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Pollyanna Pickering’s VIETNAM ADVENTURE


BE INSPIRATION │KNOWLEDGE


One of the highlights of Pollyanna's visit to this region was witnessing the remarkable spectacle of a million bats leaving Khao Luk Chang cave at dusk – an apparently never ending stream flying out into the darkening sky. Pollyanna descended into the same cave system to observe and sketch other bat species roosting on the walls and ceilings. While down there she also came face to face with some of the other cave residents – scorpion spiders and cave millipedes. “It is incredible to consider what a diversity of life lives in the dark – we so rarely have the chance to observe the unique creatures which survive in the cave ecosystem” Pollyanna commented.


In the light of day, the national park revealed a beautiful array of birdlife – including chestnut headed bee eaters, one of Pollyanna's favourite species to paint – as well as kingfishers and hornbills. Pollyanna also had ample opportunity to sketch wild Asiatic elephants, and some of the park’s primates including gibbons and macaques. She even aught a glimpse of a mongoose crossing the track ahead of her jeep! However she was able to get much closer to the elephants when we spent a few days volunteering at the Baan Chang elephant sanctuary near Chiang Mai. The sanctuary is dedicated to providing abused elephants with the highest quality-of-life possible.


Staying and working at the park, we began our days by feeding the elephants – and cleaning out their enclosure. “We learnt how to recognize healthy elephant poo, and what dietary alterations were needed if the elephant's digestive systems were not working as they should be – knowledge I am sure will prove useful in the future!” Pollyanna commented. “We also learnt how to ride the elephants 'mahout' style – sitting behind their ears, and guiding them with a series of commands.


The highlight of our stay was riding on elephants up into the forested mountain behind the sanctuary. We stopped at the top of the mountain with our mahouts, who lit a camp fire and cooked rice and vegetables for a picnic, while the elephant were left to roam completely free in the forest. We could see the tops of trees shaking in the distance while the elephants tried to pull them down!” Twice a day we would bathe their elephants – riding them into a lake, and then splashing them down with buckets of water, while scrubbing their backs with brushes. “this was undoubtedly the elephant's favourite part of the day” Pollyanna recalled “and ours too! I don't think I have ever been so wet and muddy and messy in my life – as we washed the elephants they would gather trunks full of water and spray them over us as well! - but I also don't think I have ever laughed so much either!”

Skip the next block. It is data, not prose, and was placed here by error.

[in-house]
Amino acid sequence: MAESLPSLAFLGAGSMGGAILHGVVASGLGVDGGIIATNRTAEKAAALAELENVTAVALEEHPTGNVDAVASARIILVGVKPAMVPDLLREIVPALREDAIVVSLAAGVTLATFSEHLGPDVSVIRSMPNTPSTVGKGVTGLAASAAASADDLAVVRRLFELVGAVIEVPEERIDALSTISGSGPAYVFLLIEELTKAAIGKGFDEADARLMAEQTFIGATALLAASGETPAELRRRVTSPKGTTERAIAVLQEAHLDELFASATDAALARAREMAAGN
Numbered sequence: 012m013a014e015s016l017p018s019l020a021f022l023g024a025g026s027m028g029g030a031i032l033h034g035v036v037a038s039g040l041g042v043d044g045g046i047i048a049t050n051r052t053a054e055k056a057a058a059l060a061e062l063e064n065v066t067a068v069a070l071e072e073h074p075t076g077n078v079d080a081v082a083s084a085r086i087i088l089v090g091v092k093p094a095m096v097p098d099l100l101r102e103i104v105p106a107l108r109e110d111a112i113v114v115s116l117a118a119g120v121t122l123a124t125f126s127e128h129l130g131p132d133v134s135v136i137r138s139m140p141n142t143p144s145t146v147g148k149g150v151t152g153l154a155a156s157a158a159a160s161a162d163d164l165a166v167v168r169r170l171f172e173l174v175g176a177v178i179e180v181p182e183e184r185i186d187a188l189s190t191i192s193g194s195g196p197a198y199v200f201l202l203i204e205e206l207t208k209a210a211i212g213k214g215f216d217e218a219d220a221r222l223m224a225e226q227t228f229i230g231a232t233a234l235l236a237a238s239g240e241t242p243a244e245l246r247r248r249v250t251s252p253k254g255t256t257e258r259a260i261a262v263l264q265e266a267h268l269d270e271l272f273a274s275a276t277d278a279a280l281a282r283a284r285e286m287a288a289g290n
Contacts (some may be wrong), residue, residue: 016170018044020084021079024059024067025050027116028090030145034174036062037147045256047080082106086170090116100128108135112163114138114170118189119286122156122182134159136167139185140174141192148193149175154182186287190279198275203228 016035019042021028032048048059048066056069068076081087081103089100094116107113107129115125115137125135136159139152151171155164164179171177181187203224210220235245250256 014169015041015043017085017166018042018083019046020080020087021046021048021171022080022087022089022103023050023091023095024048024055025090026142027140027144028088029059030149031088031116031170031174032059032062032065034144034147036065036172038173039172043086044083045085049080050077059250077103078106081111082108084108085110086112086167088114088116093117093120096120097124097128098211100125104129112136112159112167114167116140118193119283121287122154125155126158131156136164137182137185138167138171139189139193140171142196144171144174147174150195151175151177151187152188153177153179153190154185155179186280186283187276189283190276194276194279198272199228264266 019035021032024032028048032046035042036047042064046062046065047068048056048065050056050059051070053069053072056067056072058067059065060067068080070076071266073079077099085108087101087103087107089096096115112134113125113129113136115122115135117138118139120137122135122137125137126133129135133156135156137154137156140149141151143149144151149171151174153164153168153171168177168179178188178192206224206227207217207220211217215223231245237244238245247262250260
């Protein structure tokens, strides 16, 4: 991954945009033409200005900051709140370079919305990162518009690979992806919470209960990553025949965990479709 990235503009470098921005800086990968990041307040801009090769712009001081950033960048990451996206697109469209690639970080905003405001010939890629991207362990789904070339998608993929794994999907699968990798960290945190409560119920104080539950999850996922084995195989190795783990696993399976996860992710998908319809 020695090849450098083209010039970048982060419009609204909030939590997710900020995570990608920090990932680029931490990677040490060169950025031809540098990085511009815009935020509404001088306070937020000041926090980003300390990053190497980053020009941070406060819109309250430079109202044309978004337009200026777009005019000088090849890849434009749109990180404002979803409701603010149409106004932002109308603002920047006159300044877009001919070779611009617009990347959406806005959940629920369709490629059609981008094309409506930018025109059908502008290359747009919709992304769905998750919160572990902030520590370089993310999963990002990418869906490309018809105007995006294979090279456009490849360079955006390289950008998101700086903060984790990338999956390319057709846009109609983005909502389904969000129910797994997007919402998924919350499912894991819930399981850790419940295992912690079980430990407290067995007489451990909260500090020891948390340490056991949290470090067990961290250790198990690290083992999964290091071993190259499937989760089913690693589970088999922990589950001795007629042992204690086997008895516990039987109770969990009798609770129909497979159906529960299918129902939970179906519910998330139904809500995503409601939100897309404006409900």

Into the forest with our elephant friend!


In the calm of the evenings and early mornings, Pollyanna was then able to sit with her sketch pad and enjoy this amazing opportunity to capture the character of the elephants in her sketch pad. And she has returned from her journey into Asia with a folder full of sketches and inspiration, which is sure to inspire an exhibition of new paintings in the coming months.


Pollyanna Pickering ‘Painter of the Living World’


www.pollyannapickering.co.uk


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